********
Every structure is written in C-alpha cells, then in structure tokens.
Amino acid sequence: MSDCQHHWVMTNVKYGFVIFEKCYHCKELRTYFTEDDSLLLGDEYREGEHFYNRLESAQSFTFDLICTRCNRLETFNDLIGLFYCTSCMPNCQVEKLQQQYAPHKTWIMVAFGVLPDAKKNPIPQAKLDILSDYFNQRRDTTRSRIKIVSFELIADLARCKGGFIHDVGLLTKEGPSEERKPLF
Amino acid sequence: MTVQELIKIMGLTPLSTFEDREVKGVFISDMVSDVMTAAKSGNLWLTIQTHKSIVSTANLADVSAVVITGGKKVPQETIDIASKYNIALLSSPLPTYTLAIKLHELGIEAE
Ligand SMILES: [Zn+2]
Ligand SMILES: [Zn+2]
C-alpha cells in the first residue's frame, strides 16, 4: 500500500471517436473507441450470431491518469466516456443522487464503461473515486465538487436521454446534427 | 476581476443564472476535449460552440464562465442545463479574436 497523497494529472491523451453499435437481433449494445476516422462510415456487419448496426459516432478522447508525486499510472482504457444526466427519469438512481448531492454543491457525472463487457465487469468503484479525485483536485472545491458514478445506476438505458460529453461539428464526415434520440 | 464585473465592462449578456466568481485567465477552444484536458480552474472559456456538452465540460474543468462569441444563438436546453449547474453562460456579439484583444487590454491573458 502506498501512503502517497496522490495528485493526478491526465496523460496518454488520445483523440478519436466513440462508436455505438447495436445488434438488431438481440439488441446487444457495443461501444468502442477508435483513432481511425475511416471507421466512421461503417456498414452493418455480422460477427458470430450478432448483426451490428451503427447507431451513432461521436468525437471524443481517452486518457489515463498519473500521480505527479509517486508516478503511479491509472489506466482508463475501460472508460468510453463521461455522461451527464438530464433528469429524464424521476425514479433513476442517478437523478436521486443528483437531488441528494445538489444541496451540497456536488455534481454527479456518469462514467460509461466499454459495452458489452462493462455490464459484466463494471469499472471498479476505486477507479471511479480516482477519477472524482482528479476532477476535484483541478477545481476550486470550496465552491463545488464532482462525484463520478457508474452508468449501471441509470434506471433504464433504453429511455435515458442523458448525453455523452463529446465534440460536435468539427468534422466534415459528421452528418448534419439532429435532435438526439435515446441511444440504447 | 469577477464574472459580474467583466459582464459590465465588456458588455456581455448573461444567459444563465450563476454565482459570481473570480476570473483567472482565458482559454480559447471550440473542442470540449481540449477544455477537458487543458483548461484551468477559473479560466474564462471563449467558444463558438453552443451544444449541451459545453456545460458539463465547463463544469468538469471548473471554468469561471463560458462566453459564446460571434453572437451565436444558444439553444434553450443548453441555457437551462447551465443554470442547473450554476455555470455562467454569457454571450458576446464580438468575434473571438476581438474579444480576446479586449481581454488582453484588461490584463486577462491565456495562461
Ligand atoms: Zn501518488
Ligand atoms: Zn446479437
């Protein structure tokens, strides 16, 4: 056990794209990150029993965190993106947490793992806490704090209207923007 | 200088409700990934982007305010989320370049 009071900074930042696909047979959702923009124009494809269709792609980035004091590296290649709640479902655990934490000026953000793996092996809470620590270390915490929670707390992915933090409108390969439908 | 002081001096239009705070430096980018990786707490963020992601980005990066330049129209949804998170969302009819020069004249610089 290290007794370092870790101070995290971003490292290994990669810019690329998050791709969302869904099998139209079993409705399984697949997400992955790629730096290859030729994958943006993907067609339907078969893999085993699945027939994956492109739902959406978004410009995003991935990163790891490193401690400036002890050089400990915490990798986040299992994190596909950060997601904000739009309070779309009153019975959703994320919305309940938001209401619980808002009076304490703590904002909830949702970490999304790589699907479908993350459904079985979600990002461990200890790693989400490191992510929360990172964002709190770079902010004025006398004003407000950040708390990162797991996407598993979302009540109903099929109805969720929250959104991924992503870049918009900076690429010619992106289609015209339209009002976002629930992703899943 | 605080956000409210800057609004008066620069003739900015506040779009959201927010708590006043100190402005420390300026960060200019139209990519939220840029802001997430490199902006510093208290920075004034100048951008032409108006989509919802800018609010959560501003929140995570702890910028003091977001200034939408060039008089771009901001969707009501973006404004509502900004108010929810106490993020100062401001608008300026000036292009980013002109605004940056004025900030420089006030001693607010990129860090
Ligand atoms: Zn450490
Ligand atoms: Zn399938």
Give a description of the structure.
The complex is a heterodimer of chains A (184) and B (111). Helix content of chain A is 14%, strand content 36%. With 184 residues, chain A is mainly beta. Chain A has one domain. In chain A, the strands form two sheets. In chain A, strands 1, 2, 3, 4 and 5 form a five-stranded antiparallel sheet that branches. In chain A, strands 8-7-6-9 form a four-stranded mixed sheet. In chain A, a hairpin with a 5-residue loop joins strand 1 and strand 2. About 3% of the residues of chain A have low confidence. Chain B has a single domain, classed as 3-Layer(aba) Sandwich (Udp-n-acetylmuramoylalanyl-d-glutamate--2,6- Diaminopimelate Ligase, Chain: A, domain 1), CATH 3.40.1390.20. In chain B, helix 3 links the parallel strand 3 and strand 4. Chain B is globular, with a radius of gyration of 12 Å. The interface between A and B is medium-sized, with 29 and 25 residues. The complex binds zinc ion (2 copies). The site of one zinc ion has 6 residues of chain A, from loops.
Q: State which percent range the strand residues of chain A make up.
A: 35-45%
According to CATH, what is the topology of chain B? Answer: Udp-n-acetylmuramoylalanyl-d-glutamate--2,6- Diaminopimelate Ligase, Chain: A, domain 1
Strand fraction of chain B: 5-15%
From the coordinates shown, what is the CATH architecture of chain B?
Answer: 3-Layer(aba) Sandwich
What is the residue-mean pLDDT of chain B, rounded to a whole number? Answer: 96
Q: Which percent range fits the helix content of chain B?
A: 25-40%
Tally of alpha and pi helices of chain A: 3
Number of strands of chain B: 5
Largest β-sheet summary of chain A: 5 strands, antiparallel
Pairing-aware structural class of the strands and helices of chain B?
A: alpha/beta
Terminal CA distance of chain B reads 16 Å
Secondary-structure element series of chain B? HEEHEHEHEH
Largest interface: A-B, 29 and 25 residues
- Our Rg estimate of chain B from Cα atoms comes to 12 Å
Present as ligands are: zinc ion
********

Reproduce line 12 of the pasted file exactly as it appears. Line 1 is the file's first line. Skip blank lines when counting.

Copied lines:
Give a description of the structure.